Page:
What language do you use, and why?

I recently learned Python (It ticked me off at first since it's been recommended as a beginners language, but I soon found it was quite powerful.), so that's what I've been using for a while.
PHP is useful for certain web-development aspects.
Since C/C++ is widely used it's useful for modifying applications.
I currently don't have a "main" programming language that I concentrate on, I just use what's best for the task at hand.

bheid wrote:
How often, when finding a simple solution to a problem, do you say: "I'm a ****ing idiot." loud enough for people to nod their heads in affirmation?

Not often, but it happens if I check the program logic for half an hour just to find out I had a typo somewhere.

bheid wrote:
Do you use it to make complex applications, or just shortcut programs?

Complex applications. I use Bash for shortcuts.

bheid wrote:
And finally; why did you learn to program?

Initially because I wanted to do nifty levels for a game. I jumped to C++ after that so I could write standalone applications.



andy1976uk
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07 Jan 2007, 2:34 am

Mainly C++ for small Win32 projects, bit of network programming, OpenGL and AI stuff too. Also used PHP, Delphi, VB, Javascript. They forced us to look at DOHBOL at uni, but fortunately forgotten most of it.



Jameson
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13 Jan 2007, 7:24 pm

bheid wrote:
What language do you use, and why?
How often, when finding a simple solution to a problem, do you say: "I'm a ****ing idiot." loud enough for people to nod their heads in affirmation?

Do you use it to make complex applications, or just shortcut programs?

And finally; why did you learn to program?


I prefer C++.

I have used C, C++, Basic, Visual Basic, Pascal, Java, Javascript, HTML, Perl, and Windows MFC + API. Really wanna learn Lisp, Python, and Ruby. Started learning some OpenGL in C++ a while back but lost motivation.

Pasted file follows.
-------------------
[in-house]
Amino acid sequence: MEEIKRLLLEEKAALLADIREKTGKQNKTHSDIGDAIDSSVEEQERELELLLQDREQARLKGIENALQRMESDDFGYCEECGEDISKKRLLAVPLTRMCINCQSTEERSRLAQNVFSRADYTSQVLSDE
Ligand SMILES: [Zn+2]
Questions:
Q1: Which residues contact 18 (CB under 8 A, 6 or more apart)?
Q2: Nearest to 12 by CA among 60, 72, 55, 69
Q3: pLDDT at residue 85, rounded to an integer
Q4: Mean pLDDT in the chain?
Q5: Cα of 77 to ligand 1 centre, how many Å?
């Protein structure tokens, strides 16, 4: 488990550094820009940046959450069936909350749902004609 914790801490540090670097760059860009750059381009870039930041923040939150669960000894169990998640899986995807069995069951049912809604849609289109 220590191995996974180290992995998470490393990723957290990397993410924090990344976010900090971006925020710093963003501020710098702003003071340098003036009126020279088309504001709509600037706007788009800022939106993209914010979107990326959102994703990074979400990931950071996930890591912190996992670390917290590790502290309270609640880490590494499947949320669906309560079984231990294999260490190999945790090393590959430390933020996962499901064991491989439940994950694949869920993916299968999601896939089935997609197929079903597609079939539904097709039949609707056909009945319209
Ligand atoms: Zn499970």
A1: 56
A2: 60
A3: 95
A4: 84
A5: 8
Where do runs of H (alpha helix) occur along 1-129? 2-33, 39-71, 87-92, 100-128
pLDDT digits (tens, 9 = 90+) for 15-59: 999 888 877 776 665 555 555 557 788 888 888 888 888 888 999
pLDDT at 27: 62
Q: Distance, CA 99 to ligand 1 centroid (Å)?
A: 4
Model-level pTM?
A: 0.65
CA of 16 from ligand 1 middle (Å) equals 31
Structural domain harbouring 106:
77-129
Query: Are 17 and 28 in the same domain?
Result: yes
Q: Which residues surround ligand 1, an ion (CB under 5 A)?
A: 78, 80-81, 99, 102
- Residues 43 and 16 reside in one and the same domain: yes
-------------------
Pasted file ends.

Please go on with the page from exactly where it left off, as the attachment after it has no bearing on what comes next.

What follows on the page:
There usually aren't other people around when I program, so if I say anything it's not loud enough for others to hear. Though I typically think through a program in my head before I ever touch a keyboard.

I guess my programs lean more towards complex than short. Right now I'm working on a physics engine to present for my senior project so I can get my Bachelors Degree. And by working on I mean thinking about.

My first experience with programming was copying basic programs out of the Boy Scout Boy's Life magazines. Anything computer related comes easy to me, so I kept up with it. In my college classes I was always the only person who understood recursion. I use it too much, too. Was in an ACM programming contest one year and did all my solutions with recursion. Only programs on my team that worked.


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kelroy77
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14 Jan 2007, 2:50 am

Jameson wrote:
My first experience with programming was copying basic programs out of the Boy Scout Boy's Life magazines.


I used to copy stuff out of magazines too. I think it was the "3-2-1 Contact" magazine but I'm not sure. They were really long Basic programs. I used to just enter all the lines of code and (not having an IDE) just hope that it worked, then started swearing when it didn't :) It was good debugging experience though.



satornil
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05 Feb 2007, 12:23 pm

I use preferrably Lisp,
as irregular syntax is poison for my concentration.



ElliottHird
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07 Feb 2007, 6:02 am

toying with learning either haskell or lisp

i know ruby and to a degree python, for that category

As far as far as really obscure stuff goes, I'm alright at Io.

I know quite a few languages, but those are the ones i use mainly.



chimpy
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07 Feb 2007, 11:07 am

I'm a scientist and my programming style is rather practical. I used to prefer to learn one programming language very well and apply it on most of the problems. I started to learn C when I was 10 year old. I can remember, that it was weird, because my classmates were doing their first steps with Basic and Pascal and the students at the university were stucked with Fortran. Now I see, that it was one of the best decisions of my life, as far as my knowledge is applicable even today, 12 years after.

Of course, C is not enough for today and I'm already experimenting with Java and Python. We will see, but Java seems too slow for me. I guess the best approach is to wrap C codes with Python.